Online Program

Technology use and health related information in Low-income Pregnant and Post-Partum Women

Wednesday, November 4, 2015 : 1:10 p.m. - 1:30 p.m.

Shauna Acquavita, PhD, MSW, School of Social Work, University of Cincinnati, Cincinnati, OH
Debra Krummel, PhD, Department of Nutritional Sciences, University of Cincinnati, Cincinnati, OH
Alex Talks, B.B.A., School of Social Work, University of Cincinnati, Cincinnati
Alexandria Cobb, B.S., School of Medicine, University of Cincinnati, Cincinnati
Erin McClure, PhD, Addiction Sciences Division, Medical University of South Carolina, Charleston, SC
Low income mothers who are pregnant and/or who have infants face a host of challenges that may interfere with participation in interventions. Utilizing technology for a targeted, behavior-based intervention could improve health status and outcomes in this population.

A cross-sectional survey of 170 low-income, pregnant and/or post-partum mothers (up to 1 year) was conducted on the use of technology and receptivity to use of these tools to receive health-related information. Age ranged from 15 to 41. Thirty-eight percent were pregnant, 65% had given birth within the last 12 months (5% fit both categories). Majority were African American (60%), followed by white (36%), and 4% were Latino. Most participants were single (79%), and had a high school diploma (52%). Participants provided information on their receptivity, thoughts of effectiveness, helpfulness, convenience, utilization, and concerns of using a technology-based intervention through computers, tablets, and cell phones.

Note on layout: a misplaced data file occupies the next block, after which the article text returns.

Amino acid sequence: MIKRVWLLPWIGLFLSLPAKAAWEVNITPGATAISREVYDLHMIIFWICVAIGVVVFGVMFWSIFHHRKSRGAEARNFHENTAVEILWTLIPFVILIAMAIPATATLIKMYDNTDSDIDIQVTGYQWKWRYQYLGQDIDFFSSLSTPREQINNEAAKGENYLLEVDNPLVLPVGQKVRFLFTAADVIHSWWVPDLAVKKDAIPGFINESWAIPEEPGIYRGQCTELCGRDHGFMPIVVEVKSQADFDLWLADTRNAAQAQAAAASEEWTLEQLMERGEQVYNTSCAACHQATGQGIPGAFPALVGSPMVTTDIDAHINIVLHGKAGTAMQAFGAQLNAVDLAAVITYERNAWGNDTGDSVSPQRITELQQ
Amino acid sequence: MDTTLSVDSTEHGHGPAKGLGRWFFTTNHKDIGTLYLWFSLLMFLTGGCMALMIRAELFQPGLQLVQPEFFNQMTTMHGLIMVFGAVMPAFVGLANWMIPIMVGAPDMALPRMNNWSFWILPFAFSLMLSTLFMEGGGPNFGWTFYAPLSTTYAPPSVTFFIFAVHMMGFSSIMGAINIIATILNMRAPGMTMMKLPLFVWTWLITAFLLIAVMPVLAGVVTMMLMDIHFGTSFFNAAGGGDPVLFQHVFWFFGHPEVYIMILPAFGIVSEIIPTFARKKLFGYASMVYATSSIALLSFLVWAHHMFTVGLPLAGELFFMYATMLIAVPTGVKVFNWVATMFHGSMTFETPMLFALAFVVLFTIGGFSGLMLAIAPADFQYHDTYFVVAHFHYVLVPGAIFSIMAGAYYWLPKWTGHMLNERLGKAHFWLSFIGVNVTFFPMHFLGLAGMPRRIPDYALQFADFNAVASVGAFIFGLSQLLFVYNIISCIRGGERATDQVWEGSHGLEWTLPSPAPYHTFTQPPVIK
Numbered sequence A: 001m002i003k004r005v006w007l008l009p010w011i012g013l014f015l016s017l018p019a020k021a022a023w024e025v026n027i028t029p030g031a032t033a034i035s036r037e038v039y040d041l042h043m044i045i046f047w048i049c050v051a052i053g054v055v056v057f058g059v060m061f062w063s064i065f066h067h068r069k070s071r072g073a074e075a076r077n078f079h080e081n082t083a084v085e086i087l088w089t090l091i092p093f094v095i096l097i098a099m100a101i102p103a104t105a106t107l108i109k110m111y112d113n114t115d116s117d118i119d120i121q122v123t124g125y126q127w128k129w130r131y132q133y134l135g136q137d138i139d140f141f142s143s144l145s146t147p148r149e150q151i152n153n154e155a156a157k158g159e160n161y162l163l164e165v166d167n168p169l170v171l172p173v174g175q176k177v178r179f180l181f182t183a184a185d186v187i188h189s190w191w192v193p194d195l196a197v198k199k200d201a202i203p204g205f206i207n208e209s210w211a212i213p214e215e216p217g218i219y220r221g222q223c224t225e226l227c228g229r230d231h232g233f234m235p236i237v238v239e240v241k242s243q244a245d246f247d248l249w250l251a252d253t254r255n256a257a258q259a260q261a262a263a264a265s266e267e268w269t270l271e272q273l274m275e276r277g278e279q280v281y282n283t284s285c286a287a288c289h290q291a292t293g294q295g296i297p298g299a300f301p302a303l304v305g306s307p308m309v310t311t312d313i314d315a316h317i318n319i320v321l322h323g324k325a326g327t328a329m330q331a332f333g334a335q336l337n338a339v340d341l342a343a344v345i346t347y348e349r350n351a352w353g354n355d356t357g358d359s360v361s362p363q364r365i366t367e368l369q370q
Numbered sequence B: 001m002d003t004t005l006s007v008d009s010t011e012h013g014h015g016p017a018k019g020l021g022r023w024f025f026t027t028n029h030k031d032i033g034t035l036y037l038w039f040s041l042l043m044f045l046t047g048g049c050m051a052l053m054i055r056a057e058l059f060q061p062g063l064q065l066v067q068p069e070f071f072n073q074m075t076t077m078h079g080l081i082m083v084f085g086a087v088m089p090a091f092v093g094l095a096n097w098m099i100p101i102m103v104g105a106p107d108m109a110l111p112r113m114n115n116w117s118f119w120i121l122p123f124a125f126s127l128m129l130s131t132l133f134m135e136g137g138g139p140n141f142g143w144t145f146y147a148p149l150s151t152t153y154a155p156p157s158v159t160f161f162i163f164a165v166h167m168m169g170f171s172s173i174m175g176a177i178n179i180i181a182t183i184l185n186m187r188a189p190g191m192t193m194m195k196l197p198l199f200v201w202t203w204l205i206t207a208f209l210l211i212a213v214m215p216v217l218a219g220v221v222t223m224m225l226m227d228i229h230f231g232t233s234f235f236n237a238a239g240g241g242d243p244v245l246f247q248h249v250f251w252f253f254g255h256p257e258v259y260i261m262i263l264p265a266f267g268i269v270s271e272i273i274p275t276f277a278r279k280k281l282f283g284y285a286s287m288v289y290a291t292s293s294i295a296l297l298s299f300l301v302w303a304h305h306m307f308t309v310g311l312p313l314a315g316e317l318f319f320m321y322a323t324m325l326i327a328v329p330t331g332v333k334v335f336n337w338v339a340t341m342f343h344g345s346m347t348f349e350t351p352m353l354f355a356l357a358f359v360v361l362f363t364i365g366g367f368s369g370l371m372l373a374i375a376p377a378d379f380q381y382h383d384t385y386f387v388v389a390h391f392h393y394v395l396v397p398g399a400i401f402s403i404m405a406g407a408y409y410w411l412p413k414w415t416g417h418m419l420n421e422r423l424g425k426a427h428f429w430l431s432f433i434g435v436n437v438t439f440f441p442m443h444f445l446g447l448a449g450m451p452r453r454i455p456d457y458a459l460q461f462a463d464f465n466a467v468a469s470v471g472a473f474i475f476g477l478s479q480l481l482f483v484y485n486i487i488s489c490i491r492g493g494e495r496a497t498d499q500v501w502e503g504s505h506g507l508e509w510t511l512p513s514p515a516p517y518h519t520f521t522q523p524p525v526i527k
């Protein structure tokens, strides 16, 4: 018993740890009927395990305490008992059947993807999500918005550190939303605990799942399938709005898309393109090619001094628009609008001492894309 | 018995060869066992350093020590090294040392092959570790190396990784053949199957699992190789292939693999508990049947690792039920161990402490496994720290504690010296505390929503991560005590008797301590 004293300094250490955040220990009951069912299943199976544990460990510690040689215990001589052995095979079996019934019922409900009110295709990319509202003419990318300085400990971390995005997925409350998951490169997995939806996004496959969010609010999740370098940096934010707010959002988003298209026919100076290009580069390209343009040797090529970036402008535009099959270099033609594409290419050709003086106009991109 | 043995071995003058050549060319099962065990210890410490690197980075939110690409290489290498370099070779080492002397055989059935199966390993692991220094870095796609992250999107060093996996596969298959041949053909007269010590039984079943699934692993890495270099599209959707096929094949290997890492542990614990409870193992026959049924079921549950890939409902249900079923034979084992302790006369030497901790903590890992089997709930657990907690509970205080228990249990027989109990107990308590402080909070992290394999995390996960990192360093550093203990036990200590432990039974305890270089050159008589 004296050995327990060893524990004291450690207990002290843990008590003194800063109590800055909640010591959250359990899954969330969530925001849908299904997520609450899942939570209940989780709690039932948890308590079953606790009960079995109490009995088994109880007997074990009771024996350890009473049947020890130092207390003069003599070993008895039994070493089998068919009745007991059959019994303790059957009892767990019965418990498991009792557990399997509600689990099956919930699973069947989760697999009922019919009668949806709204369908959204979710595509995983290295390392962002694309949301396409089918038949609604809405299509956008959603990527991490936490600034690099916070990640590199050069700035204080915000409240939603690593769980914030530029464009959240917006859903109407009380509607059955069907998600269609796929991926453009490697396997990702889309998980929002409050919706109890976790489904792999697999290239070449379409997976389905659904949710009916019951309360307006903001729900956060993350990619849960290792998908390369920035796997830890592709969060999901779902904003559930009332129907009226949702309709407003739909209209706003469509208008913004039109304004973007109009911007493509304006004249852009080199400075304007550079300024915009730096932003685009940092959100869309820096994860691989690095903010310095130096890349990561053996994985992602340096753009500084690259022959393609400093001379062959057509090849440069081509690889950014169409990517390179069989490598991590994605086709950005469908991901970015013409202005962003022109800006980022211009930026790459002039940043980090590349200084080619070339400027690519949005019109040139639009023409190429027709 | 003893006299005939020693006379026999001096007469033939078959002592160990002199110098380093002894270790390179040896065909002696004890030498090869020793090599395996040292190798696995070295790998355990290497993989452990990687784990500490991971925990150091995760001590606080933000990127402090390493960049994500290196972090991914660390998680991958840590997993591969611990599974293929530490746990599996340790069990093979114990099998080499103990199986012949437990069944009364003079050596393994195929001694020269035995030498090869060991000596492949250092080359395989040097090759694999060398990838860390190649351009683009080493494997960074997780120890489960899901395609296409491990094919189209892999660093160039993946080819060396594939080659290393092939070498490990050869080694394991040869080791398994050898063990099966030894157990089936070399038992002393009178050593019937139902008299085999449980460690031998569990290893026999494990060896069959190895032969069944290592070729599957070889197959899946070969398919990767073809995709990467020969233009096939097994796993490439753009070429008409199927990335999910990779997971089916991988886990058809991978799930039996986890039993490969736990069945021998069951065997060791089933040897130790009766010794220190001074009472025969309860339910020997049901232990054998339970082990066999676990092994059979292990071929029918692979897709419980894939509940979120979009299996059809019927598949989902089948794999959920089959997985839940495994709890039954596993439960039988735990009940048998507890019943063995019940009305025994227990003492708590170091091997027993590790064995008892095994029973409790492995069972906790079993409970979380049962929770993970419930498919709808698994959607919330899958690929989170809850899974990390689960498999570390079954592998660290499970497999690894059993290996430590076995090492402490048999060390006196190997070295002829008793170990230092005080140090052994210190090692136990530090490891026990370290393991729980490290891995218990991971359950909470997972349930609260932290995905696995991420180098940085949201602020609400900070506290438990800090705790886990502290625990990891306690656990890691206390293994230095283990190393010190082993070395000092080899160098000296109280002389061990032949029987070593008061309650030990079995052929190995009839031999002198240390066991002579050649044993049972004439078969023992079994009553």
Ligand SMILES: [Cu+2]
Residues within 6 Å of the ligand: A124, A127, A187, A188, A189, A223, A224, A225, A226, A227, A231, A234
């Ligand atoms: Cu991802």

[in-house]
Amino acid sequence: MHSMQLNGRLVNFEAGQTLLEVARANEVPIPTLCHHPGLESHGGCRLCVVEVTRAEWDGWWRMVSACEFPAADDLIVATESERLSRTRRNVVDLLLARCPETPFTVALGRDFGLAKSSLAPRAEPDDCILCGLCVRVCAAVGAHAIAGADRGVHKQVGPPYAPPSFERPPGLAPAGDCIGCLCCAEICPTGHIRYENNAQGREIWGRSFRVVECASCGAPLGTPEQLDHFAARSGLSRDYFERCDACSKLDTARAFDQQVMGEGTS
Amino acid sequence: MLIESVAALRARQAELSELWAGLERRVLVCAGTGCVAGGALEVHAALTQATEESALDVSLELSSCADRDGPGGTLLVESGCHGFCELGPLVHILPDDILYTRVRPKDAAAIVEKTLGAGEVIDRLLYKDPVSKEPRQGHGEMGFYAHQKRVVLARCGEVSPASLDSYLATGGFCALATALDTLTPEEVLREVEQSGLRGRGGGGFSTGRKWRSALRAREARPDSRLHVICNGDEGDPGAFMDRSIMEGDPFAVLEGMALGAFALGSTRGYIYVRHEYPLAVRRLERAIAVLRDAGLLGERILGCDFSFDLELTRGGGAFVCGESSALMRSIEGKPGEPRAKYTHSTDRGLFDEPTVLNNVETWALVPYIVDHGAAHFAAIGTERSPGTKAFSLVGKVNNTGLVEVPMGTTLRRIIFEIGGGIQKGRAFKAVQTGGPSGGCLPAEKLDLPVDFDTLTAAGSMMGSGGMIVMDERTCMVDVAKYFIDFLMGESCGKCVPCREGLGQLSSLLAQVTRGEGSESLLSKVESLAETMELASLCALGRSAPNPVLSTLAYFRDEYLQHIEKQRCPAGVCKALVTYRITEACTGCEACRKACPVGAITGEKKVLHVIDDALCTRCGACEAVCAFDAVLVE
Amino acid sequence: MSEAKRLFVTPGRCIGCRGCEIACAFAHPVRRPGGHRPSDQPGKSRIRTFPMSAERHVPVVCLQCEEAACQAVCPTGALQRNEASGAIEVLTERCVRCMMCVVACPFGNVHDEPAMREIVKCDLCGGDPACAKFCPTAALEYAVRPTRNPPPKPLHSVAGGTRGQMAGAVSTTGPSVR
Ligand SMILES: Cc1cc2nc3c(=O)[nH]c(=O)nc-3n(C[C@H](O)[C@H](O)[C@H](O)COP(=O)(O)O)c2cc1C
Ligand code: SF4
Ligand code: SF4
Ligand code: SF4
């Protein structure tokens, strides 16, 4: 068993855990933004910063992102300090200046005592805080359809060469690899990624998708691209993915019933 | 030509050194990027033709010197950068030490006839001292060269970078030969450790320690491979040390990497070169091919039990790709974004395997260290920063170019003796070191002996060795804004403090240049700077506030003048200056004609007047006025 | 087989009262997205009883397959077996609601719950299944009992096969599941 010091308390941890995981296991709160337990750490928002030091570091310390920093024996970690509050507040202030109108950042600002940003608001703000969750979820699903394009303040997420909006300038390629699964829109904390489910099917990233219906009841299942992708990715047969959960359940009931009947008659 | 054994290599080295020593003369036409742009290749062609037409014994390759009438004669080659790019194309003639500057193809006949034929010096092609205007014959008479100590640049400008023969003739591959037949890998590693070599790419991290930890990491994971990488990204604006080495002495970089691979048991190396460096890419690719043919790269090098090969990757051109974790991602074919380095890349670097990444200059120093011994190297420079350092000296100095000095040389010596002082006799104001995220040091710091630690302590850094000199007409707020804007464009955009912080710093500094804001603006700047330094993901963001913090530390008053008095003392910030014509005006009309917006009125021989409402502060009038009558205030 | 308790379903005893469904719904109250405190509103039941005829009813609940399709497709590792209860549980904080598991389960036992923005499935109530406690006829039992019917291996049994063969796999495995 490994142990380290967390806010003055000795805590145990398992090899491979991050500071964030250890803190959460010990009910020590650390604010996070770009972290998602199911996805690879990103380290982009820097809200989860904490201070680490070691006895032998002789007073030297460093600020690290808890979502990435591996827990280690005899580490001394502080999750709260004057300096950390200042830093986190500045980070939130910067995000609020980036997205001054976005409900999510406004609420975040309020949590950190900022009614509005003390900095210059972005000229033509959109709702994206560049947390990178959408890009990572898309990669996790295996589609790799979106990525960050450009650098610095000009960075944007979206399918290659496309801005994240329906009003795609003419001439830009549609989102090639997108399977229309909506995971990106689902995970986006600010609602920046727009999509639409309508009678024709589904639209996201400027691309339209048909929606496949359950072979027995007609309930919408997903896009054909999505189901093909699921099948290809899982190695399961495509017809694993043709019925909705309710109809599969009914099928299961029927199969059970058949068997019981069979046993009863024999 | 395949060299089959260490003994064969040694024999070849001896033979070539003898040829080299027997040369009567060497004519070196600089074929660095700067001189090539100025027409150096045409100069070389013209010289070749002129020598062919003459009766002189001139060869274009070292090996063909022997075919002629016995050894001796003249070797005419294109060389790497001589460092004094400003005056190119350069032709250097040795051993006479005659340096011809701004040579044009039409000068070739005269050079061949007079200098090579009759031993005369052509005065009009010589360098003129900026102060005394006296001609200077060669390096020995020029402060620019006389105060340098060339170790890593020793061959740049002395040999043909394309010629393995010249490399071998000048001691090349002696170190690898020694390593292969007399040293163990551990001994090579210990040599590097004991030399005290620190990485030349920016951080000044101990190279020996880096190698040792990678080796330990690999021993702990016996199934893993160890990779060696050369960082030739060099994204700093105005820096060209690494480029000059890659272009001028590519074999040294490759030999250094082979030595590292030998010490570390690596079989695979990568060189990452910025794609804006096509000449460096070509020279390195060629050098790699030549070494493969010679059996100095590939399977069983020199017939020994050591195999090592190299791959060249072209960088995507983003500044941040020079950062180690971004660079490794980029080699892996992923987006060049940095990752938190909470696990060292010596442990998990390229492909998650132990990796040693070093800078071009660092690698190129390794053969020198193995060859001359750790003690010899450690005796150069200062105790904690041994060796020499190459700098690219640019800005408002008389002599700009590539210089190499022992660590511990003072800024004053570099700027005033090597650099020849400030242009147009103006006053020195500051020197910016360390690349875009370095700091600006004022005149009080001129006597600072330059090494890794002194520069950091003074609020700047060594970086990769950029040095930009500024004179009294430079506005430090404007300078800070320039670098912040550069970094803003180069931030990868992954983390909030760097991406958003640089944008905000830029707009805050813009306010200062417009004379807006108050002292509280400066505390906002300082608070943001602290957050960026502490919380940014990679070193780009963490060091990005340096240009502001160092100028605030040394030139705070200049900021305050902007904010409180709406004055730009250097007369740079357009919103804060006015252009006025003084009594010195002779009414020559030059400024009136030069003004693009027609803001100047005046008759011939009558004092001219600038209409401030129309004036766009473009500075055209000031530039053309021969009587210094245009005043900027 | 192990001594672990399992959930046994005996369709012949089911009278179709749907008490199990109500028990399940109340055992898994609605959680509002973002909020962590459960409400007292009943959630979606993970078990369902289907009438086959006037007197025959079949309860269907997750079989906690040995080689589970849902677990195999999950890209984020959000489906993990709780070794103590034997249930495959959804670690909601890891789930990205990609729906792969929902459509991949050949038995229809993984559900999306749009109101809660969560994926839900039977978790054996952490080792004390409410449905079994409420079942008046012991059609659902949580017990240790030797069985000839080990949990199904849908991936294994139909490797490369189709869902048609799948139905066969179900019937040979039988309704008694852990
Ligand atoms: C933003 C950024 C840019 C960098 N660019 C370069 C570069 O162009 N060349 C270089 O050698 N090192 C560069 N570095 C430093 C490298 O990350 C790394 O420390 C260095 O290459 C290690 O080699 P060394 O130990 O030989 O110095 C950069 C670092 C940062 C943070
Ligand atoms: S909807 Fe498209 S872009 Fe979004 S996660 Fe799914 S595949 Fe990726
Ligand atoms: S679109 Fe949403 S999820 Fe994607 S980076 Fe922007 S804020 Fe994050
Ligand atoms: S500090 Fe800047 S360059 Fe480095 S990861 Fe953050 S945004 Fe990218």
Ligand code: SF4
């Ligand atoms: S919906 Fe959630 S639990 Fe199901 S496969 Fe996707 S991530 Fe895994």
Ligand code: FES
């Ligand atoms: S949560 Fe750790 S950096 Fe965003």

Nearly 97% of participants reported having a cell phone.  The most frequent way participants accessed the internet was through their cell phone. Seventy-two percent reported having an email account they checked at least weekly. Eighty-nine percent of participants reported using the Internet to search for information on health related topics. Twenty-nine percent had used a health-related or self-help application on their cell phone. Top concerns about using cell phones for health counseling included accessibility, time, and confidentiality. It is important for researchers and practitioners to address this population’s technology concerns, and determine if and how a behavioral health intervention with technology can lead to success.

Learning Areas:

Administer health education strategies, interventions and programs
Advocacy for health and health education
Assessment of individual and community needs for health education
Social and behavioral sciences

Learning Objectives:
Identify any concerns low- income pregnant and post-partum women have with utilizing technology for a behavioral health intervention. Assess which technology low-income pregnant and post-partum women would be most receptive to use for a behavioral health intervention.

Keyword(s): Technology, Women's Health

Presenting author's disclosure statement:

Qualified on the content I am responsible for because: I received a HRSA funded Pre-doctorate fellowship in Maternal and Child Health.I also have been and currently am co-investigator on health information technology grants one of which is funded through NIH. Among my scientific interests is utilizing technology for health related interventions in vulnerable populations to address substance use disorders.
Any relevant financial relationships? No

I agree to comply with the American Public Health Association Conflict of Interest and Commercial Support Guidelines, and to disclose to the participants any off-label or experimental uses of a commercial product or service discussed in my presentation.